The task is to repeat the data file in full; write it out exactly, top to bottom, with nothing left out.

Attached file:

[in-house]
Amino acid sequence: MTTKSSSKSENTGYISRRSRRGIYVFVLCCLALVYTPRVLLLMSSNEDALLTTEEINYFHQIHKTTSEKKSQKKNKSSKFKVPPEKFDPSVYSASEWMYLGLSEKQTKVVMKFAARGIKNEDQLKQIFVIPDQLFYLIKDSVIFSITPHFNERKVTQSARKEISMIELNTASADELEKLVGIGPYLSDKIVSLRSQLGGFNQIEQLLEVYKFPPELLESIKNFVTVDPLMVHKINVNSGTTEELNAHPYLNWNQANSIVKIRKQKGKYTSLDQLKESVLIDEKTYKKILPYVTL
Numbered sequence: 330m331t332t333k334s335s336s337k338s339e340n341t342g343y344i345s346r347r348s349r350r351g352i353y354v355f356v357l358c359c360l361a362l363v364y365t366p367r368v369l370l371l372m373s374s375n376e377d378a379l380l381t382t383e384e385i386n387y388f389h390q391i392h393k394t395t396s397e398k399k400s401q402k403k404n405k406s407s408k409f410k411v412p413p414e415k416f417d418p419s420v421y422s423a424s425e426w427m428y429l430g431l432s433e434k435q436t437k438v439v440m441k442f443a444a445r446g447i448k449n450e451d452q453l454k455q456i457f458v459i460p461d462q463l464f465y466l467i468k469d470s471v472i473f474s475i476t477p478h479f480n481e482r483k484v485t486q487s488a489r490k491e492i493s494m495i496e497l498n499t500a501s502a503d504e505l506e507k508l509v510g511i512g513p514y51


[in-house]
Amino acid sequence: MTTKSSSKSENTGYISRRSRRGIYVFVLCCLALVYTPRVLLLMSSNEDALLTTEEINYFHQIHKTTSEKKSQKKNKSSKFKVPPEKFDPSVYSASEWMYLGLSEKQTKVVMKFAARGIKNEDQLKQIFVIPDQLFYLIKDSVIFSITPHFNERKVTQSARKEISMIELNTASADELEKLVGIGPYLSDKIVSLRSQLGGFNQIEQLLEVYKFPPELLESIKNFVTVDPLMVHKINVNSGTTEELNAHPYLNWNQANSIVKIRKQKGKYTSLDQLKESVLIDEKTYKKILPYVTL
Numbered sequence: 330m331t332t333k334s335s336s337k338s339e340n341t342g343y344i345s346r347r348s349r350r351g352i353y354v355f356v357l358c359c360l361a362l363v364y365t366p367r368v369l370l371l372m373s374s375n376e377d378a379l380l381t382t383e384e385i386n387y388f389h390q391i392h393k394t395t396s397e398k399k400s401q402k403k404n405k406s407s408k409f410k411v412p413p414e415k416f417d418p419s420v421y422s423a424s425e426w427m428y429l430g431l432s433e434k435q436t437k438v439v440m441k442f443a444a445r446g447i448k449n450e451d452q453l454k455q456i457f458v459i460p461d462q463l464f465y466l467i468k469d470s471v472i473f474s475i476t477p478h479f480n481e482r483k484v485t486q487s488a489r490k491e492i493s494m495i496e497l498n499t500a501s502a503d504e505l506e507k508l509v510g511i512g513p514y51